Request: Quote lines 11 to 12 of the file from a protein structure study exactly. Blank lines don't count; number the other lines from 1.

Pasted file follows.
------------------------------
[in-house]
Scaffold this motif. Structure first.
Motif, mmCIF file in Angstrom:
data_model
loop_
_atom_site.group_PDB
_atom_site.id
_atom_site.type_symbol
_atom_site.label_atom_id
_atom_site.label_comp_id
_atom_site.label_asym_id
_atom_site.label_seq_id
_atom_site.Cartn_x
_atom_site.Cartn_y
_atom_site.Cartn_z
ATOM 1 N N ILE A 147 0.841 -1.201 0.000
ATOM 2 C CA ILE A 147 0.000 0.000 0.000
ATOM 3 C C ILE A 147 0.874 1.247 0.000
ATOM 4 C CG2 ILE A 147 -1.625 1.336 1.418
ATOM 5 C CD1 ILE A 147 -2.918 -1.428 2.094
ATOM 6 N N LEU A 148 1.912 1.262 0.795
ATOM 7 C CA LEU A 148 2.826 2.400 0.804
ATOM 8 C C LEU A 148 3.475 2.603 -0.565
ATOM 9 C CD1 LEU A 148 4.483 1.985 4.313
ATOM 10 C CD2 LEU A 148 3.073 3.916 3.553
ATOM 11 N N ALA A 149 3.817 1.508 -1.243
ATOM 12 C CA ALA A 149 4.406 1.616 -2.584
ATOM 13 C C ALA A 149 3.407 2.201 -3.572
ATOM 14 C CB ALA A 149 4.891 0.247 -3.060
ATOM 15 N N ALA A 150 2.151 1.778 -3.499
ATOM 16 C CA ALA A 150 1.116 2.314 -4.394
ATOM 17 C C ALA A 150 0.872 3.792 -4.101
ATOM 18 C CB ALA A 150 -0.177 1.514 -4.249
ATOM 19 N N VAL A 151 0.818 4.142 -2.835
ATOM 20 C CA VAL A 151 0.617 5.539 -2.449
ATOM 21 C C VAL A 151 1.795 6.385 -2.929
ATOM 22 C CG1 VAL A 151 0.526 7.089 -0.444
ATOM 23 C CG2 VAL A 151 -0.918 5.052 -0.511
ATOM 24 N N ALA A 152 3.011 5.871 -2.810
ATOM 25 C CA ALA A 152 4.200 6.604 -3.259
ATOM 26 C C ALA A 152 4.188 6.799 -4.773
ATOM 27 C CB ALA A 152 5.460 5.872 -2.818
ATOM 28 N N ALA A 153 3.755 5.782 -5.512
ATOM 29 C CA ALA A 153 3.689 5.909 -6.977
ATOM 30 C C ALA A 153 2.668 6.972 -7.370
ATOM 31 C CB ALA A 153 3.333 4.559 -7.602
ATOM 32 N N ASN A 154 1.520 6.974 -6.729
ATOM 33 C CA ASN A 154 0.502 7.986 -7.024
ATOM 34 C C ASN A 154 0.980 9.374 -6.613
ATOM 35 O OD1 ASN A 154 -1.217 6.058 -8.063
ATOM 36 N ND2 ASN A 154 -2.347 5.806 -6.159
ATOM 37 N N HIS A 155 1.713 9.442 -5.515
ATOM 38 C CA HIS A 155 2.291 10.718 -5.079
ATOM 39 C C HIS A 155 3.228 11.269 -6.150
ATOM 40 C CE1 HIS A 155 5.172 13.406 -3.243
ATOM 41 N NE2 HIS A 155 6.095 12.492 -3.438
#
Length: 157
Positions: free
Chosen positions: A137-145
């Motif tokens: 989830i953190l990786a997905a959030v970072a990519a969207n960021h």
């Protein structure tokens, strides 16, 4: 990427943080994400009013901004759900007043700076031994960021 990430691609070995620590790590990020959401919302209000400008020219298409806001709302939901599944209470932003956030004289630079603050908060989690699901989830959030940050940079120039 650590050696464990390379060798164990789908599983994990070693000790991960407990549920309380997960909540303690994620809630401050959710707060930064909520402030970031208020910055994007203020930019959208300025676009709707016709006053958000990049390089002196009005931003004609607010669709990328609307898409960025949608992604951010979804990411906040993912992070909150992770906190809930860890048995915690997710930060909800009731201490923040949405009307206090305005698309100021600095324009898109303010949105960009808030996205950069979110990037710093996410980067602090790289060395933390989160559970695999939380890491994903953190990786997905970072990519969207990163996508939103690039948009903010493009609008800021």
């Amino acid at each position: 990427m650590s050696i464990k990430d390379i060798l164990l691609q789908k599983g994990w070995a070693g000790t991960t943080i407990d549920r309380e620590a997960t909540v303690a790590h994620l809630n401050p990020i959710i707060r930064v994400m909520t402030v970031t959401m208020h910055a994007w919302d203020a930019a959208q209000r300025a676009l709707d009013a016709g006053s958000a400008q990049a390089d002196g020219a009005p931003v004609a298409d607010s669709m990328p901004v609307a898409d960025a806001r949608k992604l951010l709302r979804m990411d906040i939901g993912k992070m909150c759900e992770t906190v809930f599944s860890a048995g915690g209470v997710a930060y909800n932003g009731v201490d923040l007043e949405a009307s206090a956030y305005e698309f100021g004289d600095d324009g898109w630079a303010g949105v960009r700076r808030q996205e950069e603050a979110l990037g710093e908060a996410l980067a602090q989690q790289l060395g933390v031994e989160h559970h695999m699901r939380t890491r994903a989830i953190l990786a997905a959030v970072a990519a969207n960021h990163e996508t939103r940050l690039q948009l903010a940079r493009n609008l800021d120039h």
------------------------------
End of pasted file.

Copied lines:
_atom_site.label_asym_id
_atom_site.label_seq_id